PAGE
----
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Mutat Res. 2006 Dec 10;611(1-2):54-63. Epub 2006 Sep 15.

Determinants of anti-benzo[a]pyrene diol epoxide-DNA adduct formation in lymphomonocytes of the general population.

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Occupational Health Section, Department of Environmental Medicine and Public Health, University of Padova, Via Giustiniani 2, 35128 Padova, Italy.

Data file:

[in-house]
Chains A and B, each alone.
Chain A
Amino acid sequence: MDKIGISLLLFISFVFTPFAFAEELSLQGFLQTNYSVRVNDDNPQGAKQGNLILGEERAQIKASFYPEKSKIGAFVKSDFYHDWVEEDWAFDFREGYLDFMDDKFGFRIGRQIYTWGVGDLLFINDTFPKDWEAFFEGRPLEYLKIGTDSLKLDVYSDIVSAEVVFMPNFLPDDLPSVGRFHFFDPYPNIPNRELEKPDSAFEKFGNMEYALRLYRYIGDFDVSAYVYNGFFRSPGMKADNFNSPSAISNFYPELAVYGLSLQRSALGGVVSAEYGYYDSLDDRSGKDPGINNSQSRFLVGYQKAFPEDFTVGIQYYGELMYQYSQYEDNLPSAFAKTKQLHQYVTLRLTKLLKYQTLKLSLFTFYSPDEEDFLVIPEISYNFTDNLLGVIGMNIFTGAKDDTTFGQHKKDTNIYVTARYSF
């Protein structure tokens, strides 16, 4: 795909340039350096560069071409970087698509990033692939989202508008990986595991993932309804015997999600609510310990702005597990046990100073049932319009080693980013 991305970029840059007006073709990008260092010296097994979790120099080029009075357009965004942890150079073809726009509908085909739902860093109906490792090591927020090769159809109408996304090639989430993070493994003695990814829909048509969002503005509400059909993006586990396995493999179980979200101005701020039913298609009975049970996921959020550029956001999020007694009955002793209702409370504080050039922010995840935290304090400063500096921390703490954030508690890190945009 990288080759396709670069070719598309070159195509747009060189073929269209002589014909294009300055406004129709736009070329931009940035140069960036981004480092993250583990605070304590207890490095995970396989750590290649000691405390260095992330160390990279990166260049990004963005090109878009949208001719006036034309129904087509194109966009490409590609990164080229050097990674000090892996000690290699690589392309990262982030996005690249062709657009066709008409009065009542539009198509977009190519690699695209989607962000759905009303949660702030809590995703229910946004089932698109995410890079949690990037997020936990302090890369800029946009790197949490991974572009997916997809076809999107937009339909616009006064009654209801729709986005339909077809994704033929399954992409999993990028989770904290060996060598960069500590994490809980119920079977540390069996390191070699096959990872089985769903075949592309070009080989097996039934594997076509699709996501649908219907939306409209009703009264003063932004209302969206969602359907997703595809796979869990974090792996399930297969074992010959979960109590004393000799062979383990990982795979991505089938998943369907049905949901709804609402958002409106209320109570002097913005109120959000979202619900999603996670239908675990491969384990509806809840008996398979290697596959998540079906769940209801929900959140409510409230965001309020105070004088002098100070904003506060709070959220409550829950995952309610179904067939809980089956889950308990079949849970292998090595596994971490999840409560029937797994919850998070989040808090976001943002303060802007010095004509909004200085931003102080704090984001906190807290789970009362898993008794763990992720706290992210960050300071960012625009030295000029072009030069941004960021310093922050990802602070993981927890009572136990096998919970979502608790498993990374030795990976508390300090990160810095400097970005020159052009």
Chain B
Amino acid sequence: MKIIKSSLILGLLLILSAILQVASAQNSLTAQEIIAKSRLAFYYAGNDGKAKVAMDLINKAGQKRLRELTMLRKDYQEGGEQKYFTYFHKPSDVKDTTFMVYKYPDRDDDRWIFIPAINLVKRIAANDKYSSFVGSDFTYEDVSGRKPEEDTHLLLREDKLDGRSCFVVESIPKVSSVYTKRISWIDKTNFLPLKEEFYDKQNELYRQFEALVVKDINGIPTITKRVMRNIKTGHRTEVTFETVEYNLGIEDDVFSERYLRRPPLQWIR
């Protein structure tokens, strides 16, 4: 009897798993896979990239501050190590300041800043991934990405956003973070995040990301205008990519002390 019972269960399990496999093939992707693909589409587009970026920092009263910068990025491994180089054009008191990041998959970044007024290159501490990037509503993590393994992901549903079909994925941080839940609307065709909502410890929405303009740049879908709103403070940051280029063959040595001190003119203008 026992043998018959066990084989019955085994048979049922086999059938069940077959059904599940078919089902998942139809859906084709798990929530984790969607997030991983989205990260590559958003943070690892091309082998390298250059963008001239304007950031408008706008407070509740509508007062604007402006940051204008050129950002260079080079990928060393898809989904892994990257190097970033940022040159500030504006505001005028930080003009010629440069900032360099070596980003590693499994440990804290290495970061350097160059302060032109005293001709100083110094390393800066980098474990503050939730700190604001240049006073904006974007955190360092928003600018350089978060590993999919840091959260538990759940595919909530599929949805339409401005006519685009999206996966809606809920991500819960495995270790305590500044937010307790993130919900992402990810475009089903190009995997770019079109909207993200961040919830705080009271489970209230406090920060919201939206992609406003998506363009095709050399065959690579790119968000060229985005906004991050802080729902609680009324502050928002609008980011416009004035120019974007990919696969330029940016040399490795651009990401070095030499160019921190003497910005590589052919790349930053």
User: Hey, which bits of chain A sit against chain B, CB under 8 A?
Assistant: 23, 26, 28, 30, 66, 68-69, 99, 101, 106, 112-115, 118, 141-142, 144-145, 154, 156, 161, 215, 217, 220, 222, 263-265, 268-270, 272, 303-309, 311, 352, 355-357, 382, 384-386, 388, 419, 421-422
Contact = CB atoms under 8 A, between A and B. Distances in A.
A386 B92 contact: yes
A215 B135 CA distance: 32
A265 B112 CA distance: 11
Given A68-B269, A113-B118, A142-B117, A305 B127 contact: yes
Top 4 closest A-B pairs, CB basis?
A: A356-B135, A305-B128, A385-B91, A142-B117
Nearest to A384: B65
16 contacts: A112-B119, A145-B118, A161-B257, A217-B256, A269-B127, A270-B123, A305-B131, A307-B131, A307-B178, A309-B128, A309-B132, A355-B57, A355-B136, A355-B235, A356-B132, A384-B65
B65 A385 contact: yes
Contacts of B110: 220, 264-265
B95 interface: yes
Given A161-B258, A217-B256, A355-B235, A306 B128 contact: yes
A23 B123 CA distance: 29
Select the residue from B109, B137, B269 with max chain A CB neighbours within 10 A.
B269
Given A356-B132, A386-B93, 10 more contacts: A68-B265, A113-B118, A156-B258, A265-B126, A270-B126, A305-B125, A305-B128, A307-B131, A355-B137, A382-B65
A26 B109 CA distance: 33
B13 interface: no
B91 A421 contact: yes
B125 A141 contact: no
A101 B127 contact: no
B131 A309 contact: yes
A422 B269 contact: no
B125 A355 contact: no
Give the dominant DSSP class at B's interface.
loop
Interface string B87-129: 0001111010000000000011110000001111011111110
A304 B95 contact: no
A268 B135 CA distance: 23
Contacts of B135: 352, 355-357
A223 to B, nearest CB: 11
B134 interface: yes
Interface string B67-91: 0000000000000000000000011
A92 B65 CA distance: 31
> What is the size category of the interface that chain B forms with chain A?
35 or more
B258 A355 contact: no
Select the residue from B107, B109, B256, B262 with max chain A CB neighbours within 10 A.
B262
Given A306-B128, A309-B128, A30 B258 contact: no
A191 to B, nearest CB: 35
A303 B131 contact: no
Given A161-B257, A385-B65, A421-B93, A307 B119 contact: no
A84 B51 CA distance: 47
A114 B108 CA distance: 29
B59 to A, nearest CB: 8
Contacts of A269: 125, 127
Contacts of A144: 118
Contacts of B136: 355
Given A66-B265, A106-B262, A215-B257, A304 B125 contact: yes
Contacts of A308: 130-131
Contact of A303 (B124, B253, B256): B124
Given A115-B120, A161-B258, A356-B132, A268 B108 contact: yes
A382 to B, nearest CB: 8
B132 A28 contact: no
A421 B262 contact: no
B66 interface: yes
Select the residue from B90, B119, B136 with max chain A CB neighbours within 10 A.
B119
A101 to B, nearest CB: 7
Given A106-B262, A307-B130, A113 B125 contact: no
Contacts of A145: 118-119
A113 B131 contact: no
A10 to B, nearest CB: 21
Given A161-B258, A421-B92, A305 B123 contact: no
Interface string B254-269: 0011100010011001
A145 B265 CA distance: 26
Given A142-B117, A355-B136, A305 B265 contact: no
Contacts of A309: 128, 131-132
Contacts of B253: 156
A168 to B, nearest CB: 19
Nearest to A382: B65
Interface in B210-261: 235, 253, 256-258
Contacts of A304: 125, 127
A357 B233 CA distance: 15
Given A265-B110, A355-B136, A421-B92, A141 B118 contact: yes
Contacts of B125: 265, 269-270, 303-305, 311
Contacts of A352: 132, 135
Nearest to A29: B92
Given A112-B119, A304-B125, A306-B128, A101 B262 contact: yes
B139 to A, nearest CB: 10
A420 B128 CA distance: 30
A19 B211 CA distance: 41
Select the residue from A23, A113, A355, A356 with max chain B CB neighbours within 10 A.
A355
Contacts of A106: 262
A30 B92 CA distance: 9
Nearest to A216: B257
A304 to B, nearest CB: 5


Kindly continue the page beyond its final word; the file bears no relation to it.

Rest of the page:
We evaluated determinants of anti-benzo[a]pyrenediolepoxide-(B[a]PDE)-DNA adduct formation (adduct induced by the ultimate carcinogenic metabolite of B[a]P) in lymphomonocytes of subjects environmentally exposed to low doses of polycyclic aromatic hydrocarbons (PAHs) (B[a]P). Our study population consisted of 585 Caucasian subjects, all municipal workers living in North-East Italy and recruited during their periodic check-ups after informed consent. PAH (B[a]P) exposure was assessed by questionnaire. Anti-B[a]PDE-DNA levels were measured by HPLC fluorescence analysis. We found that cigarette smoking (smokers (22%) versus non-smokers, p<0.0001), dietary intake of PAH-rich meals (> or =52 (38%) versus <52 times/year, p<0.0001), and outdoor exposure (> or =4 (19%) versus <4h/day; p=0.0115) significantly influenced adduct levels. Indoor exposure significantly increased the frequency of positive subjects (> or =0.5 adducts/10(8) nucleotides; chi(2) for linear trend, p=0.051). In linear multiple regression analysis the major determinants of increased DNA adduct levels (ln values) were smoking (t=6.362, p<0.0001) and diet (t=4.035, p<0.0001). In this statistical analysis, indoor and outdoor exposure like other factors of PAH exposure had no influence. In non-smokers, the influence of diet (p<0.0001) and high indoor exposure (p=0.016) on anti-B[a]PDE-DNA adduct formation became more evident, but not that of outdoor exposure, as was confirmed by linear multiple regression analysis (diet, t=3.997, p<0.0001 and high indoor exposure, t=2.522, p=0.012). This study indicates that anti-B[a]PDE-DNA adducts can be detected in the general population and are modulated by PAH (B[a]P) exposure not only with smoking - information already known from studies with limited number of subjects - but also with dietary habits and high indoor exposure. In non-smokers, these two factors are the principal determinants of DNA adduct formation. The information provided here seems to be important, since DNA adduct formation in surrogate tissue is an index of genotoxic exposure also in target organs (e.g., lung) and their increase may also be predictive of higher risk for PAH-related cancers.

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